W3C home > Mailing lists > Public > xml-uri@w3.org > May 2000

Re: Syntax and semantics

From: W. E. Perry <wperry@fiduciary.com>
Date: Thu, 18 May 2000 16:21:14 -0400
Message-ID: <392450BA.C7E8B56C@fiduciary.com>
To: Tim Berners-Lee <timbl@w3.org>, xml-uri@w3.org
Tim Berners-Lee wrote:

> I would disagree. I would say that there are a set of understandings which
> are
> broken when that happens. Also, the system has broken here. The author of a
> document uses <b>poison</b> for emphasis and the browser puts up a picture
> of Beethoven. The reader of
> the document does not notice the phrase and drinks the poison. Whether you
> regard that as
> desirable or not, it was not the semantics of the message. It was not "that
> signified".

But it was the legitimate outcome of the process. Want a different outcome? Use
a different processor (browser). By installing and configuring that software on
your local node, you have authorized its behavior and delegated your safety to
it. That is your absolute right, grounded in your autonomy as a node.

> That is not the way the Web is designed IMHO.  The Internet is designed on
> the
> assumption that using common languages such as English we come to define
> protocol
> specifications which are generally considered to be well defined. This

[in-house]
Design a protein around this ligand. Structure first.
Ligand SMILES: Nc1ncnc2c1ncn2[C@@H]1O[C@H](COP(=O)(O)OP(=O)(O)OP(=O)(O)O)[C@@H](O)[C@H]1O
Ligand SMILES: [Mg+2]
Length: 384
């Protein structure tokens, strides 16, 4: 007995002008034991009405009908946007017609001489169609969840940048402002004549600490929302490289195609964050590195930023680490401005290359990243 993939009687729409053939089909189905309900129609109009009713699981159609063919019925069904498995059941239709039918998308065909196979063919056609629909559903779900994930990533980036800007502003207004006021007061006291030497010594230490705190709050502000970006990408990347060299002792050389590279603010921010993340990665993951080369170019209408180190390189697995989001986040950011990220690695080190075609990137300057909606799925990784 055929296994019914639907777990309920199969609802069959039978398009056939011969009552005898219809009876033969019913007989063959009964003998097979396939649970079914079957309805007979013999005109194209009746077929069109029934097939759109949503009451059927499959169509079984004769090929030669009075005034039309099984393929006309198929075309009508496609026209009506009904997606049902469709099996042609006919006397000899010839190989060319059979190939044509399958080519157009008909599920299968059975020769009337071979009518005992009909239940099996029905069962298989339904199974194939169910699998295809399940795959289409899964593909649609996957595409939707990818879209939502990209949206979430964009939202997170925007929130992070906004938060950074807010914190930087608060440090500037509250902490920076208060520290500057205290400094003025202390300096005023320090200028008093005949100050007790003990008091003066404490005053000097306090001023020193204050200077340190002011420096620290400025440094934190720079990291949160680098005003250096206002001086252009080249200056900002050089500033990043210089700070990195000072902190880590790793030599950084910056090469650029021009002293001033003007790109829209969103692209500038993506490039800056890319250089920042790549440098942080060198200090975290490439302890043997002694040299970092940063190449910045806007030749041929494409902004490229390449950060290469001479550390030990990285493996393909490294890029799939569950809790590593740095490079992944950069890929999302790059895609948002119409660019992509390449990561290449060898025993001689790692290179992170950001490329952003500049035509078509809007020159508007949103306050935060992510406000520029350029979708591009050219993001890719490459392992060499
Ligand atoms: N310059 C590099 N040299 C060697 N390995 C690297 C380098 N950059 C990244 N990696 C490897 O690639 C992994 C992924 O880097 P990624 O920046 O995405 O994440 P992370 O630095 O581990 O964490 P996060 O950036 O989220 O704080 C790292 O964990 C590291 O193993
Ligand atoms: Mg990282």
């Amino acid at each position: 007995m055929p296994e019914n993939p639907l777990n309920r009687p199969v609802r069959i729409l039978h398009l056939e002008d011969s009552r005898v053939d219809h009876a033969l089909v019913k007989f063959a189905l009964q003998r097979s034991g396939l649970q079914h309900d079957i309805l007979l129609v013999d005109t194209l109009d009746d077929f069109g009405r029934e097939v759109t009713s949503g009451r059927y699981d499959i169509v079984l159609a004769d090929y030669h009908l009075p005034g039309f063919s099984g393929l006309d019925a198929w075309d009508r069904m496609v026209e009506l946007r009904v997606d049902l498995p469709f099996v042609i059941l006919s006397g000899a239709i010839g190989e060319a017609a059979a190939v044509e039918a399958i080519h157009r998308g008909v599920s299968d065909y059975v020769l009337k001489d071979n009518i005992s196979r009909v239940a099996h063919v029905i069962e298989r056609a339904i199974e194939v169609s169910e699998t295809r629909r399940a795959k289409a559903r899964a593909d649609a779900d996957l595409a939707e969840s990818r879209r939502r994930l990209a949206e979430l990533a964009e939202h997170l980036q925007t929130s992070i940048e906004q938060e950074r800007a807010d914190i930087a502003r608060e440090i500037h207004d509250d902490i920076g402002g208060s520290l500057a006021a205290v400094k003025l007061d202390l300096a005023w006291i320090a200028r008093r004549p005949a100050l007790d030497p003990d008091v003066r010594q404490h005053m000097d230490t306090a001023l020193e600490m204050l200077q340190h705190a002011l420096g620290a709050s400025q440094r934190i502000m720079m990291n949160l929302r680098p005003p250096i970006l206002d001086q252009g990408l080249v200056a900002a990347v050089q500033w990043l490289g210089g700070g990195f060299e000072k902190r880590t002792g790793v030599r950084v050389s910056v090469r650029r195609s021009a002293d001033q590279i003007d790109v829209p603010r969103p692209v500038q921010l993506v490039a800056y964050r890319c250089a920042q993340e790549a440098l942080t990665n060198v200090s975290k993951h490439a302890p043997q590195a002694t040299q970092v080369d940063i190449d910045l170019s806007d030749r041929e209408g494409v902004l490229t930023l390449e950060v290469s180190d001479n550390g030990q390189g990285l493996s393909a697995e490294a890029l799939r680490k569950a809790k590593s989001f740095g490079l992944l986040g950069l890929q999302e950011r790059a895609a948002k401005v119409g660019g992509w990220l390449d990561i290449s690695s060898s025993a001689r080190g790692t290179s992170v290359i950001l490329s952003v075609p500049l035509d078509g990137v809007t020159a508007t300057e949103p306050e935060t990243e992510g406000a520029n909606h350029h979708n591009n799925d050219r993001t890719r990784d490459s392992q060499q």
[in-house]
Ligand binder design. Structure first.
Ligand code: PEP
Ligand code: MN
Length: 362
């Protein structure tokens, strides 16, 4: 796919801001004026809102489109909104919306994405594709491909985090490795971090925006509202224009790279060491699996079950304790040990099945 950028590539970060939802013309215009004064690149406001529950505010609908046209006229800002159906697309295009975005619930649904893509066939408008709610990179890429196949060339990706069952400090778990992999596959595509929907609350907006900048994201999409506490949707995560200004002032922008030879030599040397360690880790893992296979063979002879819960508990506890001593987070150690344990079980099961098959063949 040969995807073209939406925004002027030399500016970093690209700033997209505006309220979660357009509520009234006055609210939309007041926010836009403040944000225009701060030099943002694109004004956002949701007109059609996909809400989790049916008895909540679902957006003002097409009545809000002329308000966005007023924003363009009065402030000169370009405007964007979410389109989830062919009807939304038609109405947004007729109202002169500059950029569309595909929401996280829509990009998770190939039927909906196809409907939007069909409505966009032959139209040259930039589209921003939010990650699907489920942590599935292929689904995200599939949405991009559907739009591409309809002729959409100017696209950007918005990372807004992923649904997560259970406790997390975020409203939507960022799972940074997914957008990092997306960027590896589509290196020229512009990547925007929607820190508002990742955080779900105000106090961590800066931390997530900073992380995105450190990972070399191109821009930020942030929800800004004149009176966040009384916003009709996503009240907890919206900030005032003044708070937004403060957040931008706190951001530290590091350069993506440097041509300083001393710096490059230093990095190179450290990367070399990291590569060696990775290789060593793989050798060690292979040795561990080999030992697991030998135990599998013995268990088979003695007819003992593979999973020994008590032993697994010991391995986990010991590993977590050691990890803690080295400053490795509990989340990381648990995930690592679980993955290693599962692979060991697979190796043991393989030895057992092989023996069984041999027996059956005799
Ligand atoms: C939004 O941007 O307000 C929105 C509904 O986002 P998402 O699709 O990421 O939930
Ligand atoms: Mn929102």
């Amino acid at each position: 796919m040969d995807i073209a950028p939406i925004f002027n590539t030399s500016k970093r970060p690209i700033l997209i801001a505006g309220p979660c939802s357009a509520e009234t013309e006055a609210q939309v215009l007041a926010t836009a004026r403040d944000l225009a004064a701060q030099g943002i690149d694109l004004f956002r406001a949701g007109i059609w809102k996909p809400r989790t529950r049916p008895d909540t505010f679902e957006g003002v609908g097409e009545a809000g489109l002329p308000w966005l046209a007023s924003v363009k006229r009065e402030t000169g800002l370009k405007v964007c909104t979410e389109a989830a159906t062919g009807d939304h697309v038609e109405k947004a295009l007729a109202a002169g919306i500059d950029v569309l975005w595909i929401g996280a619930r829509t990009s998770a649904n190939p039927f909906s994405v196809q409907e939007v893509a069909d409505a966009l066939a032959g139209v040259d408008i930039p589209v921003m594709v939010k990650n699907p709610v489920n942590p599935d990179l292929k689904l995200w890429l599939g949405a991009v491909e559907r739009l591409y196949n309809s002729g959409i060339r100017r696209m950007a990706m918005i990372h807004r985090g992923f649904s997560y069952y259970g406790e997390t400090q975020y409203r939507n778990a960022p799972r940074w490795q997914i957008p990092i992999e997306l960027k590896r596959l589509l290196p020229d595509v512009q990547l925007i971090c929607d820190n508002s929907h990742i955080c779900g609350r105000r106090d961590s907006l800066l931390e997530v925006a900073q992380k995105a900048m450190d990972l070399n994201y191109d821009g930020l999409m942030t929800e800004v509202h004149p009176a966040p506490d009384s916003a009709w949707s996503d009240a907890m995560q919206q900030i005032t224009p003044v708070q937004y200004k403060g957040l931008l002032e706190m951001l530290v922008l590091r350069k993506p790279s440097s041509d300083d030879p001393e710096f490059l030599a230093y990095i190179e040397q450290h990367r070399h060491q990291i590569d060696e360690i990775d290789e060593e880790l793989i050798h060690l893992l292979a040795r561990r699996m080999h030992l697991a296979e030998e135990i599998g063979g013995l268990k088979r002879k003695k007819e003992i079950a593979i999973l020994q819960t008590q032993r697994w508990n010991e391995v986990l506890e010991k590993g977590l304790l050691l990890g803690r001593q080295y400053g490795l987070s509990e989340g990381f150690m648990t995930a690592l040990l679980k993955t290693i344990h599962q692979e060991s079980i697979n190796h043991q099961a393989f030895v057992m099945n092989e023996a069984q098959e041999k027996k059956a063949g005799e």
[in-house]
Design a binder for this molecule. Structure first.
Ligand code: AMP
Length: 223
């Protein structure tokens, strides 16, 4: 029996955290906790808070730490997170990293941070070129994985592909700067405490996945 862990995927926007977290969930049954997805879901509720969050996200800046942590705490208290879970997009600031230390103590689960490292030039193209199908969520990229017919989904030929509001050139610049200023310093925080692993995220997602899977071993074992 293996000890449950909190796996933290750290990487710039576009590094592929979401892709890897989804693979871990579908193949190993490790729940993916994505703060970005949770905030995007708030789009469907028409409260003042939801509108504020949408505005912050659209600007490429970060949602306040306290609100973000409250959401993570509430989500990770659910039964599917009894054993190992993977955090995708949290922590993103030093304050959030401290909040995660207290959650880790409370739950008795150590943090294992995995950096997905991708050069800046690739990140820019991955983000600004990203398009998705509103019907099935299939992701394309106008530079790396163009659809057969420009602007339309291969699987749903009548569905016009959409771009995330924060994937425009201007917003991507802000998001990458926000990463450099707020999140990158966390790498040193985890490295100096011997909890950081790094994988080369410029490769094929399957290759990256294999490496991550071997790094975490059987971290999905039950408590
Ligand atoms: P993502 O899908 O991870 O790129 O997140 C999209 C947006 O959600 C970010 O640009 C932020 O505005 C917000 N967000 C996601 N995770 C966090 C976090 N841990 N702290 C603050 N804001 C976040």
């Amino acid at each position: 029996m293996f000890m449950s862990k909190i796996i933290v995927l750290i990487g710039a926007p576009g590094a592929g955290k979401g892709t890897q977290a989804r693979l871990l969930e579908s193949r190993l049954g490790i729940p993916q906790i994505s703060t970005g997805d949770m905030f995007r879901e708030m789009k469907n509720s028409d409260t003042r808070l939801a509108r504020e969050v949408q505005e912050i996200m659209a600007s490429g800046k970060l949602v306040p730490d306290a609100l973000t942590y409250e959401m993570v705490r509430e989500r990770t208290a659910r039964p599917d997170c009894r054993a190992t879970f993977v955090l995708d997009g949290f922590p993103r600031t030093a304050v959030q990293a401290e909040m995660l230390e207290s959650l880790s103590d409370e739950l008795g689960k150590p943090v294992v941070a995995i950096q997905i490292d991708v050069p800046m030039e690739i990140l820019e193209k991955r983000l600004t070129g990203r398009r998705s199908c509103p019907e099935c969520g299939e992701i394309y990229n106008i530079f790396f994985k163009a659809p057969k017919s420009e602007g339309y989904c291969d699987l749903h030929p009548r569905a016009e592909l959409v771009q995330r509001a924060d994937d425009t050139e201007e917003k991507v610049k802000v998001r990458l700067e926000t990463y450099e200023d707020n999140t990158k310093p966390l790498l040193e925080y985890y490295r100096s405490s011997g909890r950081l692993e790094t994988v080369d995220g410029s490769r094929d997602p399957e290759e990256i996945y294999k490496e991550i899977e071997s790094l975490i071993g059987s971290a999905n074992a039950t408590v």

> specifications
> define new languages (such as xml namespaces) where a syntactically valid
> sentence has a
> semantics which is then indirectly defined though the language spec.  You
> find the semantics by applying the
> definitions from the specification to the particular combination of terms
> chosen by the document
> author.  The semantics is a form of product of the syntax of the document
> and the semantics of
> the specification of the namespace used.

As processed in some potentially uniquely local combination by software running
on the local node. The instance document is one input; local parameterization of
local-running software decides what portion of it to use, and how. Other inputs
treated in the same way may include schemas or other explanatory structures
which the transmitter of the document might have pointed to, other schemas or
reference data which the receiver of the document might point to, in general or
in the instance, and the inherent biases of the processing software itself.

What we are really talking about here is re-use--of both instance documents and
of the code which processes them. I use documents (filled with 'expected'
financial semantics!) every day in ways which their authors never intended.
Traders who write tickets rarely think about the process of settling their
executions or of filing required regulatory reportings. The order and execution
tickets themselves, though, can (and should!--nothing could make more clear to
the auditors the connection through a single ticket between two
mutually-anonymous operations in separate backoffice departments) be used as the
primary input to trade comparison, cashiering, delivery, custody, and regulatory
reporting processes. Those process will need to fetch other input and reference
data unknown to the authors of those trade tickets, and must begin their
processing by specifically ignoring the intended semantics of those tickets,
which no longer are applicable.


Walter Perry
Received on Thursday, 18 May 2000 16:21:17 UTC

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